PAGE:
Earlier in the week the FOT crew (well actually just Tim Sackett and I), took to publicly lamenting our respective SHRM 2011 Annual Conference presenter proposal rejections. While getting rejected is never fun (and if you believe Sackett, is an entirely foreign experience), from the carnage of said rejections, I noticed something really interesting in one of the comments on Timbo’s piece.
From ‘HRNancy’ –
SHRM National is missing out, you guys are great. Sign me up for the SHRMRS Unconference. You should really consider visiting FL in 2011. North Central FL SHRM would welcome you to present at our conference in February….either in person or via webcast. Gainesville loves innovation and your “style” of HR would fit right in.
Gainesville loves innovation. It has a cool, ‘needs to be on a bumper sticker or billboard’ kind of vibe to it. I’ve never been to Gainesville, but it sounds like a pretty neat place. After reading the comment a second time, and thinking about the original piece, and at least the perception of stodginess that many people have that SHRM, and I suppose pretty much any well-established, stable, and seemingly set in their ways organization can engender; I wonder if we are really doing enough inside our organizations and in our own teams to identify and exploit these kinds of ‘Gainesville’ sources or opportunities.
Looking for ideas, insights, and disruptions in the same places, from the same sources, and using the same tactics that the organization has relied on in the past is likely to lead to a recurrence of the same mediocre, uninspiring, and ‘sort of acceptable but not outstanding’ results that you’ve seen in the past.
So when we are out of ideas, or don’t truly know how to execute on the ideas that we have, it’s easy to turn to the safe and well understood choices. We might tweet or update our company Facebook page with our latest job openings, but we also pay for a listing on Careerbuilder, since we’ve been posting with them for years, and our target candidates are well, comfortable there. We think.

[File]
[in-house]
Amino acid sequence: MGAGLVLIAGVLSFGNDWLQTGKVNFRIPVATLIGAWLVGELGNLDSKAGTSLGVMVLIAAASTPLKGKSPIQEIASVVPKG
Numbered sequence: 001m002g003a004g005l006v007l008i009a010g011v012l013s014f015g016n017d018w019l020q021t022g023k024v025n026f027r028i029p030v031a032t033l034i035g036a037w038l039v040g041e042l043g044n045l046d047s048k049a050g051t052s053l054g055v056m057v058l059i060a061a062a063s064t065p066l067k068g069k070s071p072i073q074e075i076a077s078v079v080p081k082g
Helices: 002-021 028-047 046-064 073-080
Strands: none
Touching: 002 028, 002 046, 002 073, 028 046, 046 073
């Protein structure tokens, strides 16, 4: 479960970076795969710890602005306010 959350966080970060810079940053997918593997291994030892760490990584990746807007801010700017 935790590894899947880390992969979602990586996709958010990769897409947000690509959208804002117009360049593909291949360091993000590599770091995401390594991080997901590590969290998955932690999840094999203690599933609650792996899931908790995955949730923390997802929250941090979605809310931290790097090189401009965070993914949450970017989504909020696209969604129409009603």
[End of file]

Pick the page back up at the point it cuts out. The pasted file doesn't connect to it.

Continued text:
Or we are considering some adjustments to our company provided benefits program and rather than set up an internal blog or discussion forum to really better understand what’s most important to the employees and what might be lacking in the current program, we immediately retain a big external consultancy to perform analysis, do benchmarking, and deliver a really fancy (glossy paper, nice charts, solid iStockphoto images of smiling worker bees), report that tells us exactly what we should do to craft a program that will be a hit with the rank and file. We think.
And please don’t get me started on addressing perceived communication issues with the recommendation to hold regular pot-luck lunches or an off-site retreat at a ropes course in the woods.
It is really easy, and sort of feels safe to stick with the familiar and non-threatening. I am sure it was a pretty easy decision for SHRM to stamp ‘reject’ on the FOT crew’s presentation submissions since they did not seem to fit the mold and slot in their 7,363rd session on changes in employment law or an attorney advising HR how to protect precious company secrets from being leaked on Twitter. Not for nothing, but has that EVER actually happened?
Do yourself and your organization a favor, the next time the answer seems obvious, conventional, or natural, take just a moment to think it over again. Because truly, where is innovation more likely to thrive? In the same places where you hope it still exists? Or somewhere new, unexpected, or unexplored?
Or is it in a place like Gainesville?
Gainesville loves innovation.
Steve Boese is fondly known to many as the HR Technology blogger. By day, he is the Co-Chair of Human Resource Executive’s HR Technology Conference. He is also a former Director of Talent Management Strategy at Oracle and an HR Technology instructor. Steve can also be found hosting the HR Happy Hour Show and Podcast … you know, where a bunch of HR pros get together and call in to talk about HR stuff. Sounds like an SNL skit, we know. But when you have Dave Ulrich, the grandfather of HR as show guests, well, I guess you’re doing something right. Talk to Steve via email, LinkedIn, Twitter or Facebook.